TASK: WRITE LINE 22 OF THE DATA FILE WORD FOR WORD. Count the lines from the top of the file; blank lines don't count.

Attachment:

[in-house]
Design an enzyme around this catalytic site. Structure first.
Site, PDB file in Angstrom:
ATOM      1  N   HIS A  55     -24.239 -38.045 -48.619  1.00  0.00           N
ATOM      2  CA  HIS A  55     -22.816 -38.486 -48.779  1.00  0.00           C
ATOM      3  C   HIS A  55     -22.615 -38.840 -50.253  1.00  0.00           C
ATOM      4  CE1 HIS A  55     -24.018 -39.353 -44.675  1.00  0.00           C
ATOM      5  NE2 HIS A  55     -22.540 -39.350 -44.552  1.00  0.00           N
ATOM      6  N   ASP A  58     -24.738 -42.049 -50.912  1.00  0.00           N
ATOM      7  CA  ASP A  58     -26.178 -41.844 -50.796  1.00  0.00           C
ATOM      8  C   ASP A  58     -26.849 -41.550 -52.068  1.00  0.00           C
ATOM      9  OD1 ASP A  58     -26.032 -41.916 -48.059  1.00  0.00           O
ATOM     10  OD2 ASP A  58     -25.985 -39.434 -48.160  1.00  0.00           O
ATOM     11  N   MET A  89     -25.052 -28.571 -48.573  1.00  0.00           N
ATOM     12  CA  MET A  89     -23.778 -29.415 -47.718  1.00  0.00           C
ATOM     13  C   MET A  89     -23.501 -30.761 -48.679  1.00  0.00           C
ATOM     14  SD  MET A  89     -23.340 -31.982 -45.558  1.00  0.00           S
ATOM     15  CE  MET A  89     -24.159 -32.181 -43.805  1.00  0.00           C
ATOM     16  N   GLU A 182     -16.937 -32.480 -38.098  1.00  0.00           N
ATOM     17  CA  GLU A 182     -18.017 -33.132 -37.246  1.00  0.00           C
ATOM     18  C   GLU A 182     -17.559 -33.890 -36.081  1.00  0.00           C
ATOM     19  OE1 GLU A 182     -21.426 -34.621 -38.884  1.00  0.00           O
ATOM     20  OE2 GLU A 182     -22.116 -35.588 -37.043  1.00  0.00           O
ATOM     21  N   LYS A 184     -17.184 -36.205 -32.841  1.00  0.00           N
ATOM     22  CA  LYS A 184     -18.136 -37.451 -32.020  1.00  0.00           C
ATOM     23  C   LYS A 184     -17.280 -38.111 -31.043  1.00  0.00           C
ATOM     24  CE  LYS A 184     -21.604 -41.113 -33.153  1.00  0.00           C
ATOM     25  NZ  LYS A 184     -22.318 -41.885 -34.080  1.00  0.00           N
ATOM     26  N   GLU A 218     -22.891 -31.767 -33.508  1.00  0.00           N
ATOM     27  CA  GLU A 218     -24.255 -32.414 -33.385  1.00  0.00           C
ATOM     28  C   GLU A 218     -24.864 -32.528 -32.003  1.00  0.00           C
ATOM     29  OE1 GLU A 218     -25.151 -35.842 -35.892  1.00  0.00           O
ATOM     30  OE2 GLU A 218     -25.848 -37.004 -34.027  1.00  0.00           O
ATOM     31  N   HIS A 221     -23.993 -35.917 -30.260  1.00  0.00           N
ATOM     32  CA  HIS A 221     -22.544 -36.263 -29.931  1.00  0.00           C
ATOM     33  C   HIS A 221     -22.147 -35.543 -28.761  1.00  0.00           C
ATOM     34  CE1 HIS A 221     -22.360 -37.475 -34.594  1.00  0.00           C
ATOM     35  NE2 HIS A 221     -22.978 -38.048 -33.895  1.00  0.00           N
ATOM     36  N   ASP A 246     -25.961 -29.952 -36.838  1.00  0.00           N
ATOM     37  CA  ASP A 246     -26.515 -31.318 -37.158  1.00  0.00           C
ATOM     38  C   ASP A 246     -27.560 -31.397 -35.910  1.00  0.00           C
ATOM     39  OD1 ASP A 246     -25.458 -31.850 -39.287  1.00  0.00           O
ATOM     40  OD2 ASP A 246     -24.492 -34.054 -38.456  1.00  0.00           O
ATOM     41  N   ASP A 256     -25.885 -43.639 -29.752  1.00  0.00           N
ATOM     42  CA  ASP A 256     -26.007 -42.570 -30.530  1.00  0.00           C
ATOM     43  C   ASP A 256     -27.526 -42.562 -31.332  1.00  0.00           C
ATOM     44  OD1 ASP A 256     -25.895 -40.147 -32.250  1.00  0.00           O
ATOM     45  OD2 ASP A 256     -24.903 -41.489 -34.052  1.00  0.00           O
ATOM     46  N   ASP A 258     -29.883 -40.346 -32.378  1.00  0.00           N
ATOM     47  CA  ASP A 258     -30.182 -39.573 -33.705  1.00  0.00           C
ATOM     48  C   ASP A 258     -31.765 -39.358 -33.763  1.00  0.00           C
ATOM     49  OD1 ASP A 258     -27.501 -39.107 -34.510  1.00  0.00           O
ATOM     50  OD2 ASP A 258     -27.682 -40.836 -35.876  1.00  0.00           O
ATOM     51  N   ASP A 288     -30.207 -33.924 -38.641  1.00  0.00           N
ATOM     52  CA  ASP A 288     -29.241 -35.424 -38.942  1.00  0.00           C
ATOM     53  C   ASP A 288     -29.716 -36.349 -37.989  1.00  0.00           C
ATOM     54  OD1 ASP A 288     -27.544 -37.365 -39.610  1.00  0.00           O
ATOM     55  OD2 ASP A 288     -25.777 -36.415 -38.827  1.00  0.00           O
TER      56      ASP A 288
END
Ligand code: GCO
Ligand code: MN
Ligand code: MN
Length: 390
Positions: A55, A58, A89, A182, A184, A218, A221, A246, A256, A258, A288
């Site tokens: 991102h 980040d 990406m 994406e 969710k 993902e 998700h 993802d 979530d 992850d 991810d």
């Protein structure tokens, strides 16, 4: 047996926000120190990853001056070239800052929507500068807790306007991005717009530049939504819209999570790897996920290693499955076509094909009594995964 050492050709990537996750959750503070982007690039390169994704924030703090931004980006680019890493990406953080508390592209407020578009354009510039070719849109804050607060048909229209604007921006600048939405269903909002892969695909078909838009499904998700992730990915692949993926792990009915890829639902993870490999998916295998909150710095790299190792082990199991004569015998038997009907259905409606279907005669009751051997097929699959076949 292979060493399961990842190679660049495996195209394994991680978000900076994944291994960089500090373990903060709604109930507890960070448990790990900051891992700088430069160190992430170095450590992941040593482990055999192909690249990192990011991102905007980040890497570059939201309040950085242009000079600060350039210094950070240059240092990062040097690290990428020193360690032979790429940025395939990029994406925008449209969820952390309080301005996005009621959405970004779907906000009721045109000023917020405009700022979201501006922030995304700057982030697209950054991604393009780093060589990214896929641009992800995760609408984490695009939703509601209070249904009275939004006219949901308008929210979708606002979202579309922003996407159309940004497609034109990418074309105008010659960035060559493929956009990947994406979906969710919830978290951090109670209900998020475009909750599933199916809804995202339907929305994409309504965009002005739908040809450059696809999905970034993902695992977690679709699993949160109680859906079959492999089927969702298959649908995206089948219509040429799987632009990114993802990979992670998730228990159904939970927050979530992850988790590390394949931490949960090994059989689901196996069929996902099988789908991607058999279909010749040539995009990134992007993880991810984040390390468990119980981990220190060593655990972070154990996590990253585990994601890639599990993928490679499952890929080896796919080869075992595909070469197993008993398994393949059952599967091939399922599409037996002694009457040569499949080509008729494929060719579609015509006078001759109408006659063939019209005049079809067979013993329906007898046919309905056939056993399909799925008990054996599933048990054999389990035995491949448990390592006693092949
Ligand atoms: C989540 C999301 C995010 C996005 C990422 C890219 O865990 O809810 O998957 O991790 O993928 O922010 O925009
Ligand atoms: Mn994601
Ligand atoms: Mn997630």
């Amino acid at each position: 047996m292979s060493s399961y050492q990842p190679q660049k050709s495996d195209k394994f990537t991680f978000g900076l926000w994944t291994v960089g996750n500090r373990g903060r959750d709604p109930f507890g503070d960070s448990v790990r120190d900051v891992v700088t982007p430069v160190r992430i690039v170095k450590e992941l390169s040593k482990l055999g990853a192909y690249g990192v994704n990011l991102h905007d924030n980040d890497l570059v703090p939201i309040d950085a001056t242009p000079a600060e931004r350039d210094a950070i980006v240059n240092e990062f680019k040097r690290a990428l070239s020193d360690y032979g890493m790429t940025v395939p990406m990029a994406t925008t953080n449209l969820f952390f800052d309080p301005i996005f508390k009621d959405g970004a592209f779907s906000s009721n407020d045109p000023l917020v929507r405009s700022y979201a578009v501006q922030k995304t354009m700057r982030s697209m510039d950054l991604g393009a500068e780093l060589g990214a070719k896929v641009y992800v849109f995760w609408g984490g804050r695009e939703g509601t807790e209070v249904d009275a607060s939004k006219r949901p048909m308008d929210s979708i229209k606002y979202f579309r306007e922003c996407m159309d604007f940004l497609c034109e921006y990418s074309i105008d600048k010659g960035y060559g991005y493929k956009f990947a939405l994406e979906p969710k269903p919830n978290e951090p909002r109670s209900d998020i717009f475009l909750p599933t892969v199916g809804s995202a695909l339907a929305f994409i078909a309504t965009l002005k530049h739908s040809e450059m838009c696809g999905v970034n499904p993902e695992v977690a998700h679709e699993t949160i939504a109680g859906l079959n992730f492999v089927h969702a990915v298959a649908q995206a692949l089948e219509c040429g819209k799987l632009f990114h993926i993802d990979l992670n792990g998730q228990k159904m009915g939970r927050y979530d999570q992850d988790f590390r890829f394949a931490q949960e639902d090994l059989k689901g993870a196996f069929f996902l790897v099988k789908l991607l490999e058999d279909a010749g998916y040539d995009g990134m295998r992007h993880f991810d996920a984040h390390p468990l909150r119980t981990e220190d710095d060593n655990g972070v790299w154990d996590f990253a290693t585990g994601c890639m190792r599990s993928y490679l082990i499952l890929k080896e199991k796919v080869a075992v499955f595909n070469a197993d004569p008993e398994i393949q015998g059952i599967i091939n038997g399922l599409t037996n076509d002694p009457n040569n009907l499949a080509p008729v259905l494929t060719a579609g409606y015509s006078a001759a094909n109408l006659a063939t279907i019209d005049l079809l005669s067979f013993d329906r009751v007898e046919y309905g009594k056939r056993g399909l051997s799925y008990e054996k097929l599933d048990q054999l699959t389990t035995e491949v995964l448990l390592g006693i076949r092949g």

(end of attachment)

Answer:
ATOM     19  OE1 GLU A 182     -21.426 -34.621 -38.884  1.00  0.00           O